Written by Vivienne Halleux
Sport has a significant impact on the European Union (EU)’s economy and society, and its importance is growing. Sport-related employment has been estimated at 7.38 million people, equivalent to 3.51% of total EU employment, and the share of sport-related gross value added, at €294 billion (2.98% of total EU gross value added).
With the entry into force of the Lisbon Treaty in 2009, the European Union acquired a specific competence for sport for the first time (in the Treaty on the Functioning of the European Union – TFEU), receiving a clear mandate to build up and implement an EUcoordinated sport policy supported by a specific budget line, and to develop cooperation with international bodies in the area of sport.
However, EU scope for intervention in sport, as enshrined in the Treaty, has limits. The supporting competence which has been conferred upon the Union implies that it can only intervene to support, coordinate or complement sport policy measures taken by its Member States. This rules out the adoption of European sport legislation or any other legally binding measure. EU scope for action is further limited by the need to take into account the specific nature of sport and to respect the autonomy of sport’s governing structures. These two principles, deeply intertwined and vigorously defended by the sport movement, are subject to different interpretations and remain a sensitive issue in relations between the EU and sport stakeholders.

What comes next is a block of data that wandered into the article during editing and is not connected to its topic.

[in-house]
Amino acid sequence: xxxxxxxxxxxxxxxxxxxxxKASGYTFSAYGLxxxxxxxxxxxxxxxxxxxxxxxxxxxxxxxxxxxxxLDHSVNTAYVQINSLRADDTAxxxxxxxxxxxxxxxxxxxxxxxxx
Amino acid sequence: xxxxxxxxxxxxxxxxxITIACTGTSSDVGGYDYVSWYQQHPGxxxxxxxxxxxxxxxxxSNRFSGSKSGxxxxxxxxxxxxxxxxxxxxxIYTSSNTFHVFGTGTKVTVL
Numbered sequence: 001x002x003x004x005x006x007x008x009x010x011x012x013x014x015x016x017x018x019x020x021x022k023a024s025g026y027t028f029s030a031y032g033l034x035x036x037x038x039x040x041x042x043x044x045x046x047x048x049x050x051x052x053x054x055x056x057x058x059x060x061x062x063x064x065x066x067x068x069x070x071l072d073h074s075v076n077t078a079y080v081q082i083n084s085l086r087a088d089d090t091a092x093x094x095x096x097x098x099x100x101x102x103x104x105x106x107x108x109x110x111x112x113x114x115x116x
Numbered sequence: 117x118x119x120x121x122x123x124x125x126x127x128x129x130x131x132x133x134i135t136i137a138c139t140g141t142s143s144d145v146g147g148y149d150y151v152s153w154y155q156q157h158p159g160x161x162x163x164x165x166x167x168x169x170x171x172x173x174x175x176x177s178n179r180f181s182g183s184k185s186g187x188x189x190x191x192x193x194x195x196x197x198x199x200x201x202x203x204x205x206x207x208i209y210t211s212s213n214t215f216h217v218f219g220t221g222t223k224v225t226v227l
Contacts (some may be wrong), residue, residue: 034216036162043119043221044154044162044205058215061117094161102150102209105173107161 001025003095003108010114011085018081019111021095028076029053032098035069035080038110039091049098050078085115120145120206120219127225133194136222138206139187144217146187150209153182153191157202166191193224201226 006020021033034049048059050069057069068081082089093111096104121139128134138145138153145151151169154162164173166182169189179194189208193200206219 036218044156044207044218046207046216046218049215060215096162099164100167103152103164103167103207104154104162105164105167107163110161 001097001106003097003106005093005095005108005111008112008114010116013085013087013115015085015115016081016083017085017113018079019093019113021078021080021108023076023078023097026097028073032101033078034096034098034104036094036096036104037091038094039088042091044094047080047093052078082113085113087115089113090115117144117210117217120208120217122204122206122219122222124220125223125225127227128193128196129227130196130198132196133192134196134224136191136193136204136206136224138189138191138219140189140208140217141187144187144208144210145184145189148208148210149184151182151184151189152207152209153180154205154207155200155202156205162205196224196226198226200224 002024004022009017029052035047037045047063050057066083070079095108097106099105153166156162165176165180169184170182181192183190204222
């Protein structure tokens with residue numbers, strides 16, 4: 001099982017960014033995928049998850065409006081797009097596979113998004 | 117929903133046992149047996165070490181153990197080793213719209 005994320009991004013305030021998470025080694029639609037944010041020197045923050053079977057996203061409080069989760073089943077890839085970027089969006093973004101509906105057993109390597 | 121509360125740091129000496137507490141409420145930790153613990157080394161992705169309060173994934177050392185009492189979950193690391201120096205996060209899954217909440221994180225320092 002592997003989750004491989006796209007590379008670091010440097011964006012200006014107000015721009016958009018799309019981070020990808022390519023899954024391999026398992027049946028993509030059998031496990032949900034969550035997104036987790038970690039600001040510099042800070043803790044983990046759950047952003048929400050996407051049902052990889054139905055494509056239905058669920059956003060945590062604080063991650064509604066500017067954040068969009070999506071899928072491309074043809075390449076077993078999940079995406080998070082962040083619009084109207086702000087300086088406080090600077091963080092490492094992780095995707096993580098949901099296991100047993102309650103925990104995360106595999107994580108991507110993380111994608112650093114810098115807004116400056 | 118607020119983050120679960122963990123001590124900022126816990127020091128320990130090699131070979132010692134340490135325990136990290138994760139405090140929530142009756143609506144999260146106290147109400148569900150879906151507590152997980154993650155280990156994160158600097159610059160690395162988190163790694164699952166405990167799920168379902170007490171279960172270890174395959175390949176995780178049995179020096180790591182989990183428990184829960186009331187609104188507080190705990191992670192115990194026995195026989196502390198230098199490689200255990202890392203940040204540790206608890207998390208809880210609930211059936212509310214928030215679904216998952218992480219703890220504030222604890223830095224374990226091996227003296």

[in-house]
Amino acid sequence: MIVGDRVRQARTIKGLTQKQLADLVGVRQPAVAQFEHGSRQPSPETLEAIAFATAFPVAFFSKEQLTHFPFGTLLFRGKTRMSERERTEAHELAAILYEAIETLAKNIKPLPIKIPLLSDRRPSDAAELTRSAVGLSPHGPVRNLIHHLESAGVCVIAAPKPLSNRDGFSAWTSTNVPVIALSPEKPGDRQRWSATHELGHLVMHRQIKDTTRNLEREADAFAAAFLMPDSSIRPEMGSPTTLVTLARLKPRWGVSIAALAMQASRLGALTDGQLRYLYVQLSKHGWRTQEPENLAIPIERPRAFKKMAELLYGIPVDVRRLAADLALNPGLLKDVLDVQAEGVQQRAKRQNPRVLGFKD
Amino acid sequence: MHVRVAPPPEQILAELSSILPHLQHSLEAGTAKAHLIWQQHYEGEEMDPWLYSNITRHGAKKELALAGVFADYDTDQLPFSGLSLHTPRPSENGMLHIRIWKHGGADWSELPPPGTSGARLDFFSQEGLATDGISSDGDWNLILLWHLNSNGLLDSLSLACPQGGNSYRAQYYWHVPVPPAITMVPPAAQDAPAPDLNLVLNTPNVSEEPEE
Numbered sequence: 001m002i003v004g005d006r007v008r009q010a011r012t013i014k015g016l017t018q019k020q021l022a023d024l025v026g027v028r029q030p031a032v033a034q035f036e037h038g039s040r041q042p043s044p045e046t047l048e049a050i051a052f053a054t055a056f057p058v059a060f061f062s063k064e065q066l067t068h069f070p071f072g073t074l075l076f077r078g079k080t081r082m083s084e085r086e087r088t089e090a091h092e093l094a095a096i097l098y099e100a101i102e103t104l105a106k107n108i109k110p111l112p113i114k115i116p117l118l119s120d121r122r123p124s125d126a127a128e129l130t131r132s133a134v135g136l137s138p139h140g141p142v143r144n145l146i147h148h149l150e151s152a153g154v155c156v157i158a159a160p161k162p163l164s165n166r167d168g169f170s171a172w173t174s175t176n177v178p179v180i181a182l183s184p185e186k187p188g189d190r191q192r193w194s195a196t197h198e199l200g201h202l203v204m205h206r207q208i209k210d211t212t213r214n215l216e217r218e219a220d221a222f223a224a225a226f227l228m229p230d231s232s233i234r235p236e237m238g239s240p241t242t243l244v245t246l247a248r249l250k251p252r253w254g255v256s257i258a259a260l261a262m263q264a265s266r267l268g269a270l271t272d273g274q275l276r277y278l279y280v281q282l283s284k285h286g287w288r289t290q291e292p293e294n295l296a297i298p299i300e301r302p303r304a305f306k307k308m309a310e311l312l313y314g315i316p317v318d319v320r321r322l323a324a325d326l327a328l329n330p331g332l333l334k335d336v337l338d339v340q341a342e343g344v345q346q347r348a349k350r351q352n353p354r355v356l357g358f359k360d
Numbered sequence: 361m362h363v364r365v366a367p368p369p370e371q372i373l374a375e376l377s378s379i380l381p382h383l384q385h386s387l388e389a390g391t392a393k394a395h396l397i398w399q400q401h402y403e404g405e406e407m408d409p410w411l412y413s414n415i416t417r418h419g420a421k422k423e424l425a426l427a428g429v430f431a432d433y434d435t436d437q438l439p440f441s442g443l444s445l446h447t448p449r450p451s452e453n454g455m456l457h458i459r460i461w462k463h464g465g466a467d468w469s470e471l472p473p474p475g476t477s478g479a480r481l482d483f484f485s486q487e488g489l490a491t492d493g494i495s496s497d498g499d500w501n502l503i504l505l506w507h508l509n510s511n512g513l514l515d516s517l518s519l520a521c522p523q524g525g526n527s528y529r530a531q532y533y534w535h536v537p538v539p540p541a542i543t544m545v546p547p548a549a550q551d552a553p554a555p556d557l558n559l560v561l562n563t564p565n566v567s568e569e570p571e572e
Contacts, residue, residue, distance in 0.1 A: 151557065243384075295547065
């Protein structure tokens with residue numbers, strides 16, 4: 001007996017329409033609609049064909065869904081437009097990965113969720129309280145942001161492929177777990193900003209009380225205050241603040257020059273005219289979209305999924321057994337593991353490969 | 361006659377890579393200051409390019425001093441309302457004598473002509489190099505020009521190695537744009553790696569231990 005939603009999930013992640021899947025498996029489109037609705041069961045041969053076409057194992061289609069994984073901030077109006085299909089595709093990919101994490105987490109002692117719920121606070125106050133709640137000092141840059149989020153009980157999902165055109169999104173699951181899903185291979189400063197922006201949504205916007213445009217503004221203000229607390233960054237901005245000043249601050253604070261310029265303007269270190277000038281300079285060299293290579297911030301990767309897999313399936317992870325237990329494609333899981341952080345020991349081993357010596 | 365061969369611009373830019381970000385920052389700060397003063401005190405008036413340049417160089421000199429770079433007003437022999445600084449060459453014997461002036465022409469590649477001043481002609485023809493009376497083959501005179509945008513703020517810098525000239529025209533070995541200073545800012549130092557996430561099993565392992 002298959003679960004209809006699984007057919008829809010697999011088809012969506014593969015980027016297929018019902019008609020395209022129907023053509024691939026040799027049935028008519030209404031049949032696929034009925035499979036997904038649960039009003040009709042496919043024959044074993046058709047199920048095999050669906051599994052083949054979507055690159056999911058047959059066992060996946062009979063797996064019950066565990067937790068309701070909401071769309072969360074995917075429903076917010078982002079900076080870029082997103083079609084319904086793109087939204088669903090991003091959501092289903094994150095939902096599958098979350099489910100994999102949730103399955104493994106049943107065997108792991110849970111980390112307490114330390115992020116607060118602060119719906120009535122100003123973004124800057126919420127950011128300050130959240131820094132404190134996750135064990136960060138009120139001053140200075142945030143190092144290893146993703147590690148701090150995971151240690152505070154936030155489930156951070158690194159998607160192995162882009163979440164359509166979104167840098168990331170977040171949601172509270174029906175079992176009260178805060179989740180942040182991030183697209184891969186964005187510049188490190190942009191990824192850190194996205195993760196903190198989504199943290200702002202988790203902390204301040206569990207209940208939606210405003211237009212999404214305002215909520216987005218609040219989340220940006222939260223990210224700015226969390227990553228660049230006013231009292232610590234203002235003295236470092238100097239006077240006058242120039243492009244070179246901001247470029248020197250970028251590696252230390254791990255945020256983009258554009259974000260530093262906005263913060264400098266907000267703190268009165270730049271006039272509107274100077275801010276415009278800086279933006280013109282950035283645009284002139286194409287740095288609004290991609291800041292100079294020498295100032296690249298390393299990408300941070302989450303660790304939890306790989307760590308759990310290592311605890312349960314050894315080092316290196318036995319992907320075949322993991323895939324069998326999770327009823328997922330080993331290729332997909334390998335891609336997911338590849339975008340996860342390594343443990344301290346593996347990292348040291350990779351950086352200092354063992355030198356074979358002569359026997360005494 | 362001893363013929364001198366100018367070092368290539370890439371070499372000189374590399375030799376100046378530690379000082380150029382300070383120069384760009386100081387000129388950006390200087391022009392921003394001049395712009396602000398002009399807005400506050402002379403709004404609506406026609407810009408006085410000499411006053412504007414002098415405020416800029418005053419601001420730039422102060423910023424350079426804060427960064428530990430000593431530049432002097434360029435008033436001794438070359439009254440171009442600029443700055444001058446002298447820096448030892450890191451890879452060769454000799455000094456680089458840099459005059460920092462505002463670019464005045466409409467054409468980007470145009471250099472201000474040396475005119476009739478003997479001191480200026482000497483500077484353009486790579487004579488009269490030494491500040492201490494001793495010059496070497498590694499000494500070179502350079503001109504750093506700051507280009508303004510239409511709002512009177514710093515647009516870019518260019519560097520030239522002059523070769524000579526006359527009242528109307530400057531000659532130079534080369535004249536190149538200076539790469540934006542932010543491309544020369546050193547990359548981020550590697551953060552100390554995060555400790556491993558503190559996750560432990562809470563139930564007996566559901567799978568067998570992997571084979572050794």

Against this background, the EU has turned to ‘soft’ policy-making instruments, including dialogue, political cooperation, establishment of guidelines or recommendations and provision of funding in support of sport-related objectives. Funding is an important policy tool in itself. For this reason, the introduction of a dedicated budget line for sport, in which the European Parliament played an important role, is of great significance. In the period 2014-20, around €265 million will be available under the Erasmus+ sport chapter to tackle threats to the integrity of sport, intolerance and discrimination; promote good governance, dual careers of athletes, voluntary activities, social inclusion, equal opportunities and health-enhancing physical activity. All these priorities correspond to key fields of EU activity in sport.
Since many competences in the field of sport lie with Member States, the possibility to add value is necessary to justify EU action. Areas identified for action include, for instance, the lack of comparable data on the EU sport sector or transnational challenges encountered by sport such as doping or match-fixing. There, however, the EU must reckon with other actors, such as the Council of Europe, which has been active for almost 40 years in the field of sport and is also at the origin of key binding instruments.
Direct EU responsibility for sport is recent, and it is still too early to gauge the impact of EU soft policy-making in sport, especially since some of its outcomes and concrete expressions still need to be implemented. EU cooperation structures, in contrast, have already been subjected to an evaluation in 2014, in the context of the assessment report on the implementation of the first EU Work Plan for Sport. While welcoming a strengthening of cooperation on sport and the improvement of political coordination at EU level, the report pointed to desirable changes, notably regarding the structures for dialogue with stakeholders.